Here, the Khan has a sort of Thanos-lite composure about him, having studied and respected his enemies just enough to know exactly how to destroy them. Sucker Punch themselves state they're looking for far more than just a cardboard cutout villain here. Expect the game to not just be a bloody rampage up to this guy's doorstep. Expect this guy to hit back in ways you can't even imagine.

What is the gameplay like in Ghost of Tsushima?

Ghost of Tsushima is far from the only game to delve into Japanese history and wartime tradition for inspiration, so anyone who's played the likes of Nioh, Onimusha, Tenchu, or, hell, even more stylized takes like Samurai Shodown or Bushido Blade have at least some idea of what kind of experience they're bound to have. Like all of Sucker Punch's stuff, the game is third person. Combat will be based around parries and finding moments of vulnerability. Grappling hooks will allow Jin to take to the trees and rooftops, killing from the shadows when able, which is likely what Sucker Punch means by "the way of the Ghost." They also mention in previews a means of traversal directly inspired by Infamous. Pretty sure that doesn't mean riding neon signs up buildings this time around, but weirder things have happened.

Where Ghost of Tsushima most differs from other games set around this era is in the scale. The game's rendition of Tsushima island will give players complete freedom to roam the countryside on foot or horseback. Anyone who's ever had a fantasy of riding through golden fields with the wind blowing the cherry blossoms through the air, this is your best chance.

Who is developing Ghost of Tsushima?

Let's dive into that idea that Sucker Punch might have a few surprises up their sleeve, because, for those just tuning in, that's kinda their MO.

When Sucker Punch started out, they were just a bunch of ex-pats from Microsoft before they got into the Xbox business. Ironically, their first game was an N64 title called Rocket: Robot on Wheels, which had a focus on using the physics of a world for traversal and puzzle solving. It's one of the factors that made that game hard as nails, in fact. They move on from that to the Sly Cooper games on the PS2, which are still the best of the PS2's platformers; they featured a legitimate platform-puzzle-stealth style with a, well, sly sense of humor.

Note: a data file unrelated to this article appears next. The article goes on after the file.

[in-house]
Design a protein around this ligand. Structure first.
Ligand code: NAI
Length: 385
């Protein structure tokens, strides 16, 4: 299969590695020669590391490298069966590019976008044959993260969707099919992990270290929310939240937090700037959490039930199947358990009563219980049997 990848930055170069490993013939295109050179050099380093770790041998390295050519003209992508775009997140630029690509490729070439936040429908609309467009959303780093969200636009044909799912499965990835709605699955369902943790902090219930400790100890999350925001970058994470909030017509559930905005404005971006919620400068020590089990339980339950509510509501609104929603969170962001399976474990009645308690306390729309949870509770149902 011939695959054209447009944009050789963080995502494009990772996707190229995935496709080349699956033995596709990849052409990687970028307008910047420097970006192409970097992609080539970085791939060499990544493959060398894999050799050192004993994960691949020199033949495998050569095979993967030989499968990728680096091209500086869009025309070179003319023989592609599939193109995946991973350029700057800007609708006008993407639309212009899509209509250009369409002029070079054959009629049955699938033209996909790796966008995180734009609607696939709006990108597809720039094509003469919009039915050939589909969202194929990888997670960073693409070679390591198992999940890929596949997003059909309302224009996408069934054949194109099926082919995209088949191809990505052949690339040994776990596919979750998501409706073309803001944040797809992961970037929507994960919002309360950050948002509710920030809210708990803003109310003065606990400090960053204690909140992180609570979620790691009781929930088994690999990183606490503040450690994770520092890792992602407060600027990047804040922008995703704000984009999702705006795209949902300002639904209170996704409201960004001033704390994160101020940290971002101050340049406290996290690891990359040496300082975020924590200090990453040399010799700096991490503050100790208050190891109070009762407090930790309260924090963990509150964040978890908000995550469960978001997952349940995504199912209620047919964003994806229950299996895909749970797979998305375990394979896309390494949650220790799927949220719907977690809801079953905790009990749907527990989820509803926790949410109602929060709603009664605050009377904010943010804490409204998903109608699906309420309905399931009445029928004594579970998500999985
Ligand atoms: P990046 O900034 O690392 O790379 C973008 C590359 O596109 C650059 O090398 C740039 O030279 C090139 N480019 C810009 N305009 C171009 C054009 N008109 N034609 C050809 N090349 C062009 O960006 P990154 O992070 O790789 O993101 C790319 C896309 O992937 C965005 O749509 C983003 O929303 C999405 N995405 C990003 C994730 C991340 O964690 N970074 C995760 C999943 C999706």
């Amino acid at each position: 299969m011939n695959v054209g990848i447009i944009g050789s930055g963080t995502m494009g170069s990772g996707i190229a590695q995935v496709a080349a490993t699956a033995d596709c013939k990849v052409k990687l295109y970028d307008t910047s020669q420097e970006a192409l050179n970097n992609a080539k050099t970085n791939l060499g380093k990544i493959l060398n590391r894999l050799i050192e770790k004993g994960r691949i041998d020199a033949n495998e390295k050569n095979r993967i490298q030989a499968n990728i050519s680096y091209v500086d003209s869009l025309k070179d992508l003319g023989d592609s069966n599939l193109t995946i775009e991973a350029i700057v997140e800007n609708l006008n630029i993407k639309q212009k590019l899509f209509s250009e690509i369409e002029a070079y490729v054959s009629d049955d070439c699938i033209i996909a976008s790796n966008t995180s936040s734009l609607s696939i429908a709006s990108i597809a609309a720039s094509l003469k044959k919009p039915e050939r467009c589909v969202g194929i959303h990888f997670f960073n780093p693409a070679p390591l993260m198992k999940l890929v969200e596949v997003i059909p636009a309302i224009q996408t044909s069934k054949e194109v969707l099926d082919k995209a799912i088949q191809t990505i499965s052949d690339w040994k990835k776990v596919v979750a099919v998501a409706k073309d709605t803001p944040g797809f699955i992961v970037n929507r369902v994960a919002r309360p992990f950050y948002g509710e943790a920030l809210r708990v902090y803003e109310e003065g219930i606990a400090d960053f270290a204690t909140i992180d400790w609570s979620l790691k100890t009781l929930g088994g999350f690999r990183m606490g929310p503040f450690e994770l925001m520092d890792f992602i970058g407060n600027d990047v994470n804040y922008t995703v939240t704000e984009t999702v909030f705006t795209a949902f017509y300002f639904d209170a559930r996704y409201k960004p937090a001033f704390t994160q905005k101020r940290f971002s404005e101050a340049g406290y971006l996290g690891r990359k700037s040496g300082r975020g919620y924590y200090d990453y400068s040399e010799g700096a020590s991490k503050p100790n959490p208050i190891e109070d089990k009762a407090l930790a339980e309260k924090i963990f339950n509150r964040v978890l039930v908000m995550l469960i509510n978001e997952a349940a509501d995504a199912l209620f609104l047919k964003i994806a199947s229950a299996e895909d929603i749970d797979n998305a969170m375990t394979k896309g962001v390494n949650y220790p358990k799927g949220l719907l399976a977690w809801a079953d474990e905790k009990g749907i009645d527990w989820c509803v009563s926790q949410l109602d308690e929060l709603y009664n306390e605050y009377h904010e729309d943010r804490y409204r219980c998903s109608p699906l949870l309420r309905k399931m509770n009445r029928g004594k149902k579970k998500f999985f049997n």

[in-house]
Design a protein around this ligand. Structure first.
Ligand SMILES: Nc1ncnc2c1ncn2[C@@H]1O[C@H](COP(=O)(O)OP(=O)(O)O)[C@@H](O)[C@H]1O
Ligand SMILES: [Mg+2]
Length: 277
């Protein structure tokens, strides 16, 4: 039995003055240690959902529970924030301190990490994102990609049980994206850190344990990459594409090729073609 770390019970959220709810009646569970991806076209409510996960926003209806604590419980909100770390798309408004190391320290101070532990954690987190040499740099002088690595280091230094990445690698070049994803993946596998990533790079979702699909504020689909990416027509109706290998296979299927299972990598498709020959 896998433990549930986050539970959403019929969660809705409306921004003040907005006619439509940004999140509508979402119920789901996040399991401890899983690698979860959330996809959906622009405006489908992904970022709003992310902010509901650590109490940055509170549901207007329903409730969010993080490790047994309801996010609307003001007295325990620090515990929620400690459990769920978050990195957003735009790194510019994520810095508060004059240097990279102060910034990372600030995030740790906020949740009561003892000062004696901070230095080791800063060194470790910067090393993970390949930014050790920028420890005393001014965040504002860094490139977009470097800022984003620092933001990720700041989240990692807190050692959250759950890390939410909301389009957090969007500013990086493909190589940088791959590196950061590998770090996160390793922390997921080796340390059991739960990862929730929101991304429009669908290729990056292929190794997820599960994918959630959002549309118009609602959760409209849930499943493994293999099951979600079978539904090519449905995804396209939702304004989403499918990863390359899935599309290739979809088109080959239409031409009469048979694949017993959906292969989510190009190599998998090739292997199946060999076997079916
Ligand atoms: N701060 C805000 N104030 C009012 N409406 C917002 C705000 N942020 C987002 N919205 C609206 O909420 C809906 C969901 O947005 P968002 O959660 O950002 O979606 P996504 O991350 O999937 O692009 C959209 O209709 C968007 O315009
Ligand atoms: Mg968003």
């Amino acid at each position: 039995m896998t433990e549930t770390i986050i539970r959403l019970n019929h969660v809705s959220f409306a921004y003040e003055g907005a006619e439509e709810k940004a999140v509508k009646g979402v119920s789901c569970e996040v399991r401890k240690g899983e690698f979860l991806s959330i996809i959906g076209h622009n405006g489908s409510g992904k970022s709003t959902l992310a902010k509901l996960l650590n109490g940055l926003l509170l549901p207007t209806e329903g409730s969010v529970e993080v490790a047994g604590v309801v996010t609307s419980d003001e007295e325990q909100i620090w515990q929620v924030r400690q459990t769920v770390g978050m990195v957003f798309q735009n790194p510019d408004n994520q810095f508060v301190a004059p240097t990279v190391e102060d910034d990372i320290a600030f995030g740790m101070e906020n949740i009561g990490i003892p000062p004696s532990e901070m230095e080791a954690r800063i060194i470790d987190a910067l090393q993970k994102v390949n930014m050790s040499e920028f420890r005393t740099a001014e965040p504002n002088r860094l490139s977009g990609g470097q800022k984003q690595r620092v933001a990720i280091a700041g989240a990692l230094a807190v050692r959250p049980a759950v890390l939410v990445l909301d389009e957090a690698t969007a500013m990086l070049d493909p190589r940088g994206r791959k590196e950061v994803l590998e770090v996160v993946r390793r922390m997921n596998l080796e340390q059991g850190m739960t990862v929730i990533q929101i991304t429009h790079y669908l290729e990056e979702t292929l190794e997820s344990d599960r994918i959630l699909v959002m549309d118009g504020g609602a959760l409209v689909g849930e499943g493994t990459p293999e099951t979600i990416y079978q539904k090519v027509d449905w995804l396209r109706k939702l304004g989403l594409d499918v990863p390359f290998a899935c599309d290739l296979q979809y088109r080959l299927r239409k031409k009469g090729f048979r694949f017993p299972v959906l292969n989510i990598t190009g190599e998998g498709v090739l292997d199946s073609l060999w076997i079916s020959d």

Sucker Punch went from that to the Infamous series, and while the first two games are fairly interesting open-world experiments, Second Son and First Light on the PS4 were where the company's ambitions truly got big. Knowing how they took advantage of the freedom afforded by the PS4, it's not out of the question that Ghost of Tsushima has got ambitions beyond just being a historical samurai fantasy.

Too much samurai for one console?

Of course, when a system is as far into its lifespan as the PS4 is — and wow, those years kinda flew by, didn't they? — it's not hard to believe that developers might start bumping up against the edge of what that platform is capable of. And there's a distinct chance that Sucker Punch might be looking to the future.

It has, indeed, been awfully quiet for the game since 2018's E3 showing, which is the kind of silence that starts people talking. And the talk for Ghost of Tsushima, sourced primarily from a NeoGAF leak, has rumors flying that the game might wind up being a PS5 game. It's not out of the realm of possibility, given how incredible the game looks already, and how expansive the finished product might be. Reports indicate that Sony's president was gobsmacked by how gorgeous it is. Considering the next system will be backwards compatible, a dual release isn't out of the question whatsoever.

What to play before Ghost of Tsushima comes out

Until Ghost of Tshushima is finally in your hands, there's plenty out there to quench your thirst for bushido-style justice. Naturally, Sekiro: Shadows Die Twice is still very much out there for your perusal, and if nothing else, besides sharpening your parry skills, it's long enough where you'll probably be done with it by the time Ghost of Tsushima hits. Besides that, though, there's also a pretty great Samurai Shodown reboot out there that deserves a lot more love than it's gotten. Beyond returning the series to the patience and visceral thrills of the original two games — before the series went a little too far down a King of Fighters-style rabbit hole that didn't suit it — it's got a jaw-droppingly gorgeous sumi-e aesthetic. Between those alone, you should have enough to keep you busy until 2020.